“Charlie?” An older woman’s voice called out. “Charlie? Oh dear, you’re not home.” It was his mother; she sounded frightened. “John’s had a heart attack and I’m at the hospital in Lexington. Please come as soon as you can.”


He made good time. Given the lateness of his arrival home, by the time he got on the 495, the Beltway was cleared of most traffic and he was able to exit onto 81 South in less than 90 minutes. It was not quite 11pm when he pulled up to Mercy Hospital.




“Charlie!” Jeannie Witchell stood up from the long row of orange, plastic chairs that ringed the waiting area. The tv hoisted in the corner near the ceiling was broadcasting a muted news report of world events thousands of miles away. He walked over and hugged her, her short, plump body reaching only as high as the middle of his chest.


“Mama, what happened? Is he ok? Are you alright? Where’s the doctor?”


It was a moment before Jeannie would let go of her son and look him in the face. Charlie recognized that familiar look of worry and fatigue which pained him as much now as it did years ago. “He had just finished unloading some sacks of meal and tried to climb back onto the tractor when he collapsed. I didn’t see it, but Pardy Tucker came running over to the house yelling for me to call an ambulance.” She burst into tears. Charlie steeled himself and fought back the faint sense of vulnerability he remembered so well from his youth.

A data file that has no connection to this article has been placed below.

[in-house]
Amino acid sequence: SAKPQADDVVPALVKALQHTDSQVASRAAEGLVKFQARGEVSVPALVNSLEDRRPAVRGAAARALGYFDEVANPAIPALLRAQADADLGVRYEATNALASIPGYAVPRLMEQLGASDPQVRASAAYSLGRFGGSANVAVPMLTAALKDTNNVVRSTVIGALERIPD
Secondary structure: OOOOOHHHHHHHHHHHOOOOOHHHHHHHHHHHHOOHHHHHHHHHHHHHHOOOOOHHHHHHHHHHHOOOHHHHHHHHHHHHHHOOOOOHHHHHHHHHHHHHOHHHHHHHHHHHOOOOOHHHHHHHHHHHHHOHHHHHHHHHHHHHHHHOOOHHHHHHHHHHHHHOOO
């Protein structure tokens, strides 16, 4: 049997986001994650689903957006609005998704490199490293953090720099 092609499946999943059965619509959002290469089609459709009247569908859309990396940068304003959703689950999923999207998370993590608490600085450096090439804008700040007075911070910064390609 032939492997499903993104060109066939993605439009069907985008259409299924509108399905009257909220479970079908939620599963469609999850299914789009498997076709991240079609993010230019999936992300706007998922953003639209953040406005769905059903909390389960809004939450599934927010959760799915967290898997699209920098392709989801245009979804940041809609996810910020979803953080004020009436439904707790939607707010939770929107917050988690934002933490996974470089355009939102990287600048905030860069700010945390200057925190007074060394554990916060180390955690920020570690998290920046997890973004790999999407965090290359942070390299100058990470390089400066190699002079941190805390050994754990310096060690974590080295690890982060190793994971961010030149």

Charlie hugged his mother and stroked her hair, his mind racing through what his next step should be. “Is he alright?” he asked again.


Jeannie nodded into his chest. “Dr. Denson, says we got him here in time, but it was severe and he’ll need time to recuperate.”


“Ok, so we need to talk to Dr. Denson,” Charlie stated. “It’s pretty late—is he still here?” He looked over at the nurses’ station, “Can we talk to Dr. Denson, please?” The nurse nodded and paged the MD. Charlie turned back to his mother. “Let’s wait here.”


About ten minutes later, Fred Denson met the Witchells in the waiting area. A wiry man in his mid sixties, he had moved home to Lexington right after graduation from UVA. He’d seen a lot of cases of aging farmers trying to do too much with too little help; the era of small farms was coming to an end. Too much work and too little recompense. Better left to the young ones to settle on how to create an economy out here, because farming wasn’t it.